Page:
Closed Curtain

***

Reviewed by: Rebecca Naughten

Closed Curtain
"The more problematic aspects of the film stem from a narrative that cannot sustain the inventiveness of the central conceit and which peters out before the end."

Finally acquiring a UK release almost two years after screening at the 2013 London Film Festival, Closed Curtain was the second film made in secret by Jafar Panahi after he was placed under house arrest and banned from filmmaking for two decades in 2010 (a third film - Taxi Tehran - has screened at various festivals this year). Operating within those circumstances, Closed Curtain necessarily restricts itself to a limited space (Panahi's own villa overlooking the Caspian Sea) and draws attention to the lo-fi equipment at the director's disposal (the film utilises mobile phone footage shot by the characters).

The initial set-up makes optimum use of these production limitations. An unnamed writer (co-director Kambuzia Partovi) arrives at the coastal villa and immediately puts up blackout curtains in order to hide the fact that he is accompanied by his dog, Boy (who scampers off with the film). They are hiding from a canine cull imposed after the regime had declared pet dogs to be "impure". But their sanctuary is disturbed by the nighttime arrival of two siblings (Maryam Moqadam and Hadi Saeedi) fleeing a nearby police raid - when the man abruptly departs, leaving his apparently unstable sister in the writer's care, an uneasy tension develops and the confines of the set become increasingly claustrophobic.

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The writer and Melika (Moqadam) are at loggerheads from the off with the woman purposely unsettling the older man with a series of insinuating comments that cause him to believe that she is a police spy. Throwing aside the usual niceties expected of houseguests, she mocks both his fear and any belief that his writing is important, and taunts him by saying that suicide is the only sensible route for someone in his position.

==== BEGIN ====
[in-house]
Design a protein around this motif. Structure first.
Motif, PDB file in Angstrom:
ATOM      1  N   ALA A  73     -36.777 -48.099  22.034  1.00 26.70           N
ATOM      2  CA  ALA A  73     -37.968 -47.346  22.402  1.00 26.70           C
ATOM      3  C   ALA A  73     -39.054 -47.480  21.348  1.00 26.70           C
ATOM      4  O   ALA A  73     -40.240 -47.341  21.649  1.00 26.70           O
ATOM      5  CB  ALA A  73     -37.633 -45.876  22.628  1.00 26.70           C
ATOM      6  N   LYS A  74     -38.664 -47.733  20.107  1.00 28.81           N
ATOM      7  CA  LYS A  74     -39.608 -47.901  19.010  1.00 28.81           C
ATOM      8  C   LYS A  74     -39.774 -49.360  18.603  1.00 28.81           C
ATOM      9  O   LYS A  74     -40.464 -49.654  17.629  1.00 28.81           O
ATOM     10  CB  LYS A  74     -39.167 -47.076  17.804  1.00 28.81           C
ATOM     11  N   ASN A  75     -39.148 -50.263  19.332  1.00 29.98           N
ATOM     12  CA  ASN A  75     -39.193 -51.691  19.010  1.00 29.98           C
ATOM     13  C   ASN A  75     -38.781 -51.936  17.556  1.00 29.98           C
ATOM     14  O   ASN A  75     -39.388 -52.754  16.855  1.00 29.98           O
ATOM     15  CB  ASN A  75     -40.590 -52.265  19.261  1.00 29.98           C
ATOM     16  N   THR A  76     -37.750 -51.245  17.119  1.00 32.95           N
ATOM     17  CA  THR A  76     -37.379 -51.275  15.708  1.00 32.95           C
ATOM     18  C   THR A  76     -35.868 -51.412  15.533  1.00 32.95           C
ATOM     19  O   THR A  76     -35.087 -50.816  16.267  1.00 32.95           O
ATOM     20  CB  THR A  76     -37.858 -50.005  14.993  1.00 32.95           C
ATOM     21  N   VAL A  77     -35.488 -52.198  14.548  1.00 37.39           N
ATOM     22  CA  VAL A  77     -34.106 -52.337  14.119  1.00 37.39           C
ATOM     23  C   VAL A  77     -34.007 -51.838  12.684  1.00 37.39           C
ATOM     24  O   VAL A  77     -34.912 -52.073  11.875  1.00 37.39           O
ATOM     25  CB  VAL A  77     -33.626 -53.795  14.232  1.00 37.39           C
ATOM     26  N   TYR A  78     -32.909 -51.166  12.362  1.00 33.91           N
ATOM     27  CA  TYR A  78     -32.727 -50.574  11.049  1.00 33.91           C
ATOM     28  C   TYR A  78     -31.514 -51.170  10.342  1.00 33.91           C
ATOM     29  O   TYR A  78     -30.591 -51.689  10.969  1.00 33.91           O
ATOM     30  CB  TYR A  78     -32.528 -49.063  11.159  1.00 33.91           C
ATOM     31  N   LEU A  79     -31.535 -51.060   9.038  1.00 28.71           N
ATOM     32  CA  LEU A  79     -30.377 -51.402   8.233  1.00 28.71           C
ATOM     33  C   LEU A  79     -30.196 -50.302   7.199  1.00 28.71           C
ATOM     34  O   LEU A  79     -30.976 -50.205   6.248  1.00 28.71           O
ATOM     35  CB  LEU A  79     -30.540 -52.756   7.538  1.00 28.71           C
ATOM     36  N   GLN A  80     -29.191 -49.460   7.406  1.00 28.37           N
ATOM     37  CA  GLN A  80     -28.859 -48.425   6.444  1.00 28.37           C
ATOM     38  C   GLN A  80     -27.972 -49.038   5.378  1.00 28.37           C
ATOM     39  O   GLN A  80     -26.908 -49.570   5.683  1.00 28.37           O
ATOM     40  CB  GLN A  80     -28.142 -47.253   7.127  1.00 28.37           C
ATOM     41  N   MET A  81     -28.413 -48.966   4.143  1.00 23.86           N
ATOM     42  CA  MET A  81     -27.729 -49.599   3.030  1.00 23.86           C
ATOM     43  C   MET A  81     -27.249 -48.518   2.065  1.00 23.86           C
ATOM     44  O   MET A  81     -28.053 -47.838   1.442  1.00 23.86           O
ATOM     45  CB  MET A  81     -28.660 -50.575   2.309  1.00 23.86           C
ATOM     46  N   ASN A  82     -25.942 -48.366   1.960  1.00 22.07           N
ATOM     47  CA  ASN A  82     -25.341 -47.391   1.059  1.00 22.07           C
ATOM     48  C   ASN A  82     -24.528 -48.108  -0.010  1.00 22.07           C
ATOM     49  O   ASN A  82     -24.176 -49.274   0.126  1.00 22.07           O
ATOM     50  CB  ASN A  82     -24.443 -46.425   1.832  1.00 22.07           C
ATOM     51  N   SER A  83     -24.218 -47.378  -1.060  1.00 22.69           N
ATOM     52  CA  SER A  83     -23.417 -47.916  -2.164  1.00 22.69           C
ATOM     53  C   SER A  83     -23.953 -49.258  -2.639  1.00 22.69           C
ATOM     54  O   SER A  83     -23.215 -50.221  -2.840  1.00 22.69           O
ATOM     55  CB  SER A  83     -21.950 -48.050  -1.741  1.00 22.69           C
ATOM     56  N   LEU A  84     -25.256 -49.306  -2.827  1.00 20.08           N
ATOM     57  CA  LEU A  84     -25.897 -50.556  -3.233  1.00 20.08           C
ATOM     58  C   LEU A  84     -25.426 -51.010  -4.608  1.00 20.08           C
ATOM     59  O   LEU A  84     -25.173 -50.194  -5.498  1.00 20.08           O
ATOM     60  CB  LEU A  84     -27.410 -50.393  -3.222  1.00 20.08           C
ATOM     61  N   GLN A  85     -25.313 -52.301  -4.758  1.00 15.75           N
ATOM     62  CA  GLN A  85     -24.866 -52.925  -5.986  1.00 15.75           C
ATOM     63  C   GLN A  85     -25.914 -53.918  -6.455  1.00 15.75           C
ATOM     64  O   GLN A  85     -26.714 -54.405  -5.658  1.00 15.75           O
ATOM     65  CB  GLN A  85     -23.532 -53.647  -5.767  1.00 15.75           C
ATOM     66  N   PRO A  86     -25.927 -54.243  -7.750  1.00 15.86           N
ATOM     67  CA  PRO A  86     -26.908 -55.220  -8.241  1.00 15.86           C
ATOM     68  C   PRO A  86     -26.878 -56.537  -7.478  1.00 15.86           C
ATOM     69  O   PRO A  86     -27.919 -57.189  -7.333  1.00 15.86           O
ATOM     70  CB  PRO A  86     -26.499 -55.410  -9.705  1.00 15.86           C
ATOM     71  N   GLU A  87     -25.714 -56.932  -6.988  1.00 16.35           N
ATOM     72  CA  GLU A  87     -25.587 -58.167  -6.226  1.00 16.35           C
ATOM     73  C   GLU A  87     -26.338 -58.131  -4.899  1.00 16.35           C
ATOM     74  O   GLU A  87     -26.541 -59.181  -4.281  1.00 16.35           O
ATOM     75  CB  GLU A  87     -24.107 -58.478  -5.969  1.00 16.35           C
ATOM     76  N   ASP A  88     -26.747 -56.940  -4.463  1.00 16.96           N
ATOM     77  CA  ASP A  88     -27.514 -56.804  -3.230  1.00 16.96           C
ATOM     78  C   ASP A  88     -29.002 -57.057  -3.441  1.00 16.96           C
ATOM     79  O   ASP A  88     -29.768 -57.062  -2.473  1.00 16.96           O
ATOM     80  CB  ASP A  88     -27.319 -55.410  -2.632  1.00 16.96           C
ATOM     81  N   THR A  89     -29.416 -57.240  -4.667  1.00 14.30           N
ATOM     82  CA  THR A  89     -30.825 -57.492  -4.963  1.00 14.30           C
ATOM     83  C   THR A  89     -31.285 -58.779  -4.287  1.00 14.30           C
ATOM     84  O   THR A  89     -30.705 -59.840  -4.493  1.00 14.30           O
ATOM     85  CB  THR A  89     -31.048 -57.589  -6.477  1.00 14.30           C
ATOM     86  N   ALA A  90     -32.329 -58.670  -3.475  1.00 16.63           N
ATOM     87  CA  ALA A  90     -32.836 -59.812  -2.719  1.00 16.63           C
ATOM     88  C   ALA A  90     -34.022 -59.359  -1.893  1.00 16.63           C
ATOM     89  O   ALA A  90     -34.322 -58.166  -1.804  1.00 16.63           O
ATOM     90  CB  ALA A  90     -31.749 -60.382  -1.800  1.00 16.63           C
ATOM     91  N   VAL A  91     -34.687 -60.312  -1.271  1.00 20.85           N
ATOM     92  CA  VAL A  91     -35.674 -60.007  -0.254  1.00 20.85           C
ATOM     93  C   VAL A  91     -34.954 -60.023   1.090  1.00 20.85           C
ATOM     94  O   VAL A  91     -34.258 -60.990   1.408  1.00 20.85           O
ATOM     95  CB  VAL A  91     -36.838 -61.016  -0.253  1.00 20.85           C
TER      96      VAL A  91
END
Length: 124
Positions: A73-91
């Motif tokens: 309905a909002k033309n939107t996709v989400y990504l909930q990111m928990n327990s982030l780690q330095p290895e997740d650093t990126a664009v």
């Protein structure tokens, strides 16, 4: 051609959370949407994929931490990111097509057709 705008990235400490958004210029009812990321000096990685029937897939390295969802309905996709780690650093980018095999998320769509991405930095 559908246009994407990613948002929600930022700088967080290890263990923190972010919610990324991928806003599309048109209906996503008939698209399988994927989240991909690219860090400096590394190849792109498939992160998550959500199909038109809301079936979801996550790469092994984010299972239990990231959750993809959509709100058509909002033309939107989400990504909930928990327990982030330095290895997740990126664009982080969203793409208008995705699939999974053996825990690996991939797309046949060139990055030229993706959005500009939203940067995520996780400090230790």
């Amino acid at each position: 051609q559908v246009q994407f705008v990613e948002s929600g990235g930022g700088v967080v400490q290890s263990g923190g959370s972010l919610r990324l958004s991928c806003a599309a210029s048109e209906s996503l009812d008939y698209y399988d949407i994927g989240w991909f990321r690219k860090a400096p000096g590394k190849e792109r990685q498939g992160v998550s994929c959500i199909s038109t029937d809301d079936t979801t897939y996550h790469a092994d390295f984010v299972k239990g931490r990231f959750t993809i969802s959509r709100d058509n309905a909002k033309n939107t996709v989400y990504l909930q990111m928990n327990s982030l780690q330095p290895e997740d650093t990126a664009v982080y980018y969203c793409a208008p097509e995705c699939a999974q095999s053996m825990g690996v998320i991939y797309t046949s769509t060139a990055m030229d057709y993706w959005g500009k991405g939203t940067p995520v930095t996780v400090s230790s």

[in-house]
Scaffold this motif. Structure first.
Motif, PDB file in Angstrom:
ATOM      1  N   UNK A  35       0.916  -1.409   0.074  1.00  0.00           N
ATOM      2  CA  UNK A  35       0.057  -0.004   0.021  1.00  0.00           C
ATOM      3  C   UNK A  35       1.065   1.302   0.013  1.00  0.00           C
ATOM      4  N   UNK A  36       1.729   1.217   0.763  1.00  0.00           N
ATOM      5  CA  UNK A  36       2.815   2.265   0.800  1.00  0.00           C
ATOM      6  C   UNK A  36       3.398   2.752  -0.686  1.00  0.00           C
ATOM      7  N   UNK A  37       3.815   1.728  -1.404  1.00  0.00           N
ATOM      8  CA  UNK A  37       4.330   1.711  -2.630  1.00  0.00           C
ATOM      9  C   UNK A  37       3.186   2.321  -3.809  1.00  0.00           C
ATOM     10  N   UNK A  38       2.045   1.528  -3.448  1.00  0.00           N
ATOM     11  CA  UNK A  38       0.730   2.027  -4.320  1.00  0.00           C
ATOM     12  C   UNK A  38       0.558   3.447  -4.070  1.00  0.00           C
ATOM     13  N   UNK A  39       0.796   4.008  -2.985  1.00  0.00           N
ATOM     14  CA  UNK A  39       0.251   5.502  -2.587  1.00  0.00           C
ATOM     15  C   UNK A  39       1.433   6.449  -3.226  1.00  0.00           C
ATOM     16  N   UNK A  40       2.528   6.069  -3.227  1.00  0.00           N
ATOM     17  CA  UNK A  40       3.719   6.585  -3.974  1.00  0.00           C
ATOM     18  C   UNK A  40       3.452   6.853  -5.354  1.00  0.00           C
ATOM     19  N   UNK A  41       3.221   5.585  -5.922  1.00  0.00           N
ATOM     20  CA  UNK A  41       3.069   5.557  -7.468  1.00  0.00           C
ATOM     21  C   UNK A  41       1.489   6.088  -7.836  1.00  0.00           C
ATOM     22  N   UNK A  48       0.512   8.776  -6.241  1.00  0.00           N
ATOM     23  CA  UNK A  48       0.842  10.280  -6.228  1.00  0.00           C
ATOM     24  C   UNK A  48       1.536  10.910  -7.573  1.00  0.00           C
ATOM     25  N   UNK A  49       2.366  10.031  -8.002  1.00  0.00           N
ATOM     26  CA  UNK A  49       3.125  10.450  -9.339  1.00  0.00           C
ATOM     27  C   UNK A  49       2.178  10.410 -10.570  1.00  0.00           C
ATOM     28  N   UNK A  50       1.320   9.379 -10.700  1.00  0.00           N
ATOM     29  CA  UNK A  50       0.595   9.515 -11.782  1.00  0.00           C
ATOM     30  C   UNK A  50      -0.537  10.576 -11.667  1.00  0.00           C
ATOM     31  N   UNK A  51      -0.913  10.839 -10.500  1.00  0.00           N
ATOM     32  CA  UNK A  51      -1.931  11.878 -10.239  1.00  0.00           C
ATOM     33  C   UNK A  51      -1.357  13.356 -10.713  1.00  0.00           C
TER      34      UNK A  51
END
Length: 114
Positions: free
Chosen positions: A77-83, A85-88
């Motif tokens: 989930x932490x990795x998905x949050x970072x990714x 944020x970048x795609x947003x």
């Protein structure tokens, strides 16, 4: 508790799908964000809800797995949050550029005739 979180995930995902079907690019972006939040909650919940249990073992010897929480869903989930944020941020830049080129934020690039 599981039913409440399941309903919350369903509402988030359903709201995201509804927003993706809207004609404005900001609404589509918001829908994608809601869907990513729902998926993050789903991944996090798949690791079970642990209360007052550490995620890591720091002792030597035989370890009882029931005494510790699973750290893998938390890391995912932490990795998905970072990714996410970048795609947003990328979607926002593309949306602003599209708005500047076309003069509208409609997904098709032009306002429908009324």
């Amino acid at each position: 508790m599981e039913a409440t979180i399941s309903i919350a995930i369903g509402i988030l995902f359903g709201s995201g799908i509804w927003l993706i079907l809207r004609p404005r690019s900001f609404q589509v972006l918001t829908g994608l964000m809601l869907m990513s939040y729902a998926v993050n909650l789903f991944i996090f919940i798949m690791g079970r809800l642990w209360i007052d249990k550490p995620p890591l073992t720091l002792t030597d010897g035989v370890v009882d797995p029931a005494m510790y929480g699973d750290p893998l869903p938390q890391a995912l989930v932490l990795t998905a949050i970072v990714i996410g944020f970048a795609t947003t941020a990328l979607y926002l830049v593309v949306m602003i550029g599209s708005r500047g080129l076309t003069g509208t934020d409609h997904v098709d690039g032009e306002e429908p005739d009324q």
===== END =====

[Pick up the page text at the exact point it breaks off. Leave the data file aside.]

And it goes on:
As their spiky conversations continue it becomes apparent that they are acting as a metaphor for Panahi's own depression and the conundrum with which he is faced - is he to live a life of fear, hidden away from the world, or continue trying to create (in secret), or instead succumb to suicidal fatalism? The curtain of the title plays into all three options - a veil of secrecy and a blocking out of the world, the theatricality of a closed curtain with the potential to open (emphasised by the low, wooden Japanese table that the writer often sits on with Boy - it looks like the boards of a stage), or the enforced darkness of a house in mourning.

The film tails off in the final third in part because the director seems (understandably) unsure of how to resolve this metaphorical (and meta-narrative) film, but there are also instances of dialogue that are too on the nose and clumsy in comparison to the subtler beginnings. It seems churlish to criticise Panahi's filmmaking given the circumstances in which the film was made - and actually in visual terms the filmmaking is more than proficient (one nice touch is that the writer is often shot in very shallow focus, neatly illustrating the blindness of fear - he (and we) cannot see beyond his immediate situation) - but the more problematic aspects of the film stem from a narrative that cannot sustain the inventiveness of the central conceit and which peters out before the end.

Closed Curtain feels like a minor work from a great director. But while it may not be a film of consequence it is nonetheless an example of filmmaking with consequences - in the aftermath of the film's screenplay winning the Silver Bear at the Berlin Film Festival (the film was smuggled out of Iran), Partovi and Moqadam had their passports confiscated by the Iranian authorities. The film is therefore worth watching in support of an artistic statement of intent and cognisant act of bravery on the part of its makers.

Reviewed on: 11 Sep 2015
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Closed Curtain packshot
A writer and his dog retreat to a coastal villa only to have their peace disturbed by two siblings fleeing the police.
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